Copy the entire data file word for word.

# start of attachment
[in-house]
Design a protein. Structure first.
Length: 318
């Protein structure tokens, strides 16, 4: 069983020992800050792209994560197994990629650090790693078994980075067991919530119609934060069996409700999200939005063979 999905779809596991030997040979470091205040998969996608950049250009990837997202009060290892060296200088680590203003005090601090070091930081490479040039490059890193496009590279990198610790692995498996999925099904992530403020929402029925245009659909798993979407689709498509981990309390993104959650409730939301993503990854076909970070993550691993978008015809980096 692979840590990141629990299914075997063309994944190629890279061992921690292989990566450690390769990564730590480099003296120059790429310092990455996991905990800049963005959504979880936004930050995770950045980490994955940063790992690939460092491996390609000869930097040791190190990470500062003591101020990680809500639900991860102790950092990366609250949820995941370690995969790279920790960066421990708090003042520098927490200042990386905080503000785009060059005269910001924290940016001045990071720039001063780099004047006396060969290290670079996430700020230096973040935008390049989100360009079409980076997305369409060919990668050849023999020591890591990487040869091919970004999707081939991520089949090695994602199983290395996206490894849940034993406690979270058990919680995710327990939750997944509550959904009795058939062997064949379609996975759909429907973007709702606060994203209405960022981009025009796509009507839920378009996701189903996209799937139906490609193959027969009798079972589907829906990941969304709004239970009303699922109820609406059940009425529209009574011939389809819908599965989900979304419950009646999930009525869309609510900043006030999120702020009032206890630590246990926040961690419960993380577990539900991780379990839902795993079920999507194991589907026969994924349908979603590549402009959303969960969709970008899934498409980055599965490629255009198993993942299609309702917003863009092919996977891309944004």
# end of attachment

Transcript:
[in-house]
Design a protein. Structure first.
Length: 318
């Protein structure tokens, strides 16, 4: 069983020992800050792209994560197994990629650090790693078994980075067991919530119609934060069996409700999200939005063979 999905779809596991030997040979470091205040998969996608950049250009990837997202009060290892060296200088680590203003005090601090070091930081490479040039490059890193496009590279990198610790692995498996999925099904992530403020929402029925245009659909798993979407689709498509981990309390993104959650409730939301993503990854076909970070993550691993978008015809980096 692979840590990141629990299914075997063309994944190629890279061992921690292989990566450690390769990564730590480099003296120059790429310092990455996991905990800049963005959504979880936004930050995770950045980490994955940063790992690939460092491996390609000869930097040791190190990470500062003591101020990680809500639900991860102790950092990366609250949820995941370690995969790279920790960066421990708090003042520098927490200042990386905080503000785009060059005269910001924290940016001045990071720039001063780099004047006396060969290290670079996430700020230096973040935008390049989100360009079409980076997305369409060919990668050849023999020591890591990487040869091919970004999707081939991520089949090695994602199983290395996206490894849940034993406690979270058990919680995710327990939750997944509550959904009795058939062997064949379609996975759909429907973007709702606060994203209405960022981009025009796509009507839920378009996701189903996209799937139906490609193959027969009798079972589907829906990941969304709004239970009303699922109820609406059940009425529209009574011939389809819908599965989900979304419950009646999930009525869309609510900043006030999120702020009032206890630590246990926040961690419960993380577990539900991780379990839902795993079920999507194991589907026969994924349908979603590549402009959303969960969709970008899934498409980055599965490629255009198993993942299609309702917003863009092919996977891309944004």